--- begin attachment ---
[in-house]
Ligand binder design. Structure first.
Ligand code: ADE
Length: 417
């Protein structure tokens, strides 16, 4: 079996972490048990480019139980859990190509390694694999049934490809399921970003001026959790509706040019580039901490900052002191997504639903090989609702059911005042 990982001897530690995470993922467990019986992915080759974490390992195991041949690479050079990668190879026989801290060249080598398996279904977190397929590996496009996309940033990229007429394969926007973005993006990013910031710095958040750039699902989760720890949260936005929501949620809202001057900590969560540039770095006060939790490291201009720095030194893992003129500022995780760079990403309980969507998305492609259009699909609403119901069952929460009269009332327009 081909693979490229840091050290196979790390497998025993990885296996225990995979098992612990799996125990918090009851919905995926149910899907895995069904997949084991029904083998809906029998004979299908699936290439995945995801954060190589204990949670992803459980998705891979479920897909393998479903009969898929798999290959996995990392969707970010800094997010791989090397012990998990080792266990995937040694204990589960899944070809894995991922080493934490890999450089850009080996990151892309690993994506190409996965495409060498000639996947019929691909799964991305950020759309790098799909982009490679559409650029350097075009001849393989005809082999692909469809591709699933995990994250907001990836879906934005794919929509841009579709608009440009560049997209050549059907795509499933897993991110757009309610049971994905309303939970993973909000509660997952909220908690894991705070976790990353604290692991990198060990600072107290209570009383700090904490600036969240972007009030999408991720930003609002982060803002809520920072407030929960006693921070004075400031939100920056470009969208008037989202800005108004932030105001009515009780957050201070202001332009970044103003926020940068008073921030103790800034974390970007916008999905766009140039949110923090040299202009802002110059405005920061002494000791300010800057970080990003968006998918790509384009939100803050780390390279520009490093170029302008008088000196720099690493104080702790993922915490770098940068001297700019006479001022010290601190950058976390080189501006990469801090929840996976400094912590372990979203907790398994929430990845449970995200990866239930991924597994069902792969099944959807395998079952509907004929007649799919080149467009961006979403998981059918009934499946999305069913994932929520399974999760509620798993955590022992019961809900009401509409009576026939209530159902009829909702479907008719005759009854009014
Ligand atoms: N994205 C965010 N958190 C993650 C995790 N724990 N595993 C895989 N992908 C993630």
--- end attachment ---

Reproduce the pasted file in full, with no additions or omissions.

[in-house]
Ligand binder design. Structure first.
Ligand code: ADE
Length: 417
């Protein structure tokens, strides 16, 4: 079996972490048990480019139980859990190509390694694999049934490809399921970003001026959790509706040019580039901490900052002191997504639903090989609702059911005042 990982001897530690995470993922467990019986992915080759974490390992195991041949690479050079990668190879026989801290060249080598398996279904977190397929590996496009996309940033990229007429394969926007973005993006990013910031710095958040750039699902989760720890949260936005929501949620809202001057900590969560540039770095006060939790490291201009720095030194893992003129500022995780760079990403309980969507998305492609259009699909609403119901069952929460009269009332327009 081909693979490229840091050290196979790390497998025993990885296996225990995979098992612990799996125990918090009851919905995926149910899907895995069904997949084991029904083998809906029998004979299908699936290439995945995801954060190589204990949670992803459980998705891979479920897909393998479903009969898929798999290959996995990392969707970010800094997010791989090397012990998990080792266990995937040694204990589960899944070809894995991922080493934490890999450089850009080996990151892309690993994506190409996965495409060498000639996947019929691909799964991305950020759309790098799909982009490679559409650029350097075009001849393989005809082999692909469809591709699933995990994250907001990836879906934005794919929509841009579709608009440009560049997209050549059907795509499933897993991110757009309610049971994905309303939970993973909000509660997952909220908690894991705070976790990353604290692991990198060990600072107290209570009383700090904490600036969240972007009030999408991720930003609002982060803002809520920072407030929960006693921070004075400031939100920056470009969208008037989202800005108004932030105001009515009780957050201070202001332009970044103003926020940068008073921030103790800034974390970007916008999905766009140039949110923090040299202009802002110059405005920061002494000791300010800057970080990003968006998918790509384009939100803050780390390279520009490093170029302008008088000196720099690493104080702790993922915490770098940068001297700019006479001022010290601190950058976390080189501006990469801090929840996976400094912590372990979203907790398994929430990845449970995200990866239930991924597994069902792969099944959807395998079952509907004929007649799919080149467009961006979403998981059918009934499946999305069913994932929520399974999760509620798993955590022992019961809900009401509409009576026939209530159902009829909702479907008719005759009854009014
Ligand atoms: N994205 C965010 N958190 C993650 C995790 N724990 N595993 C895989 N992908 C993630």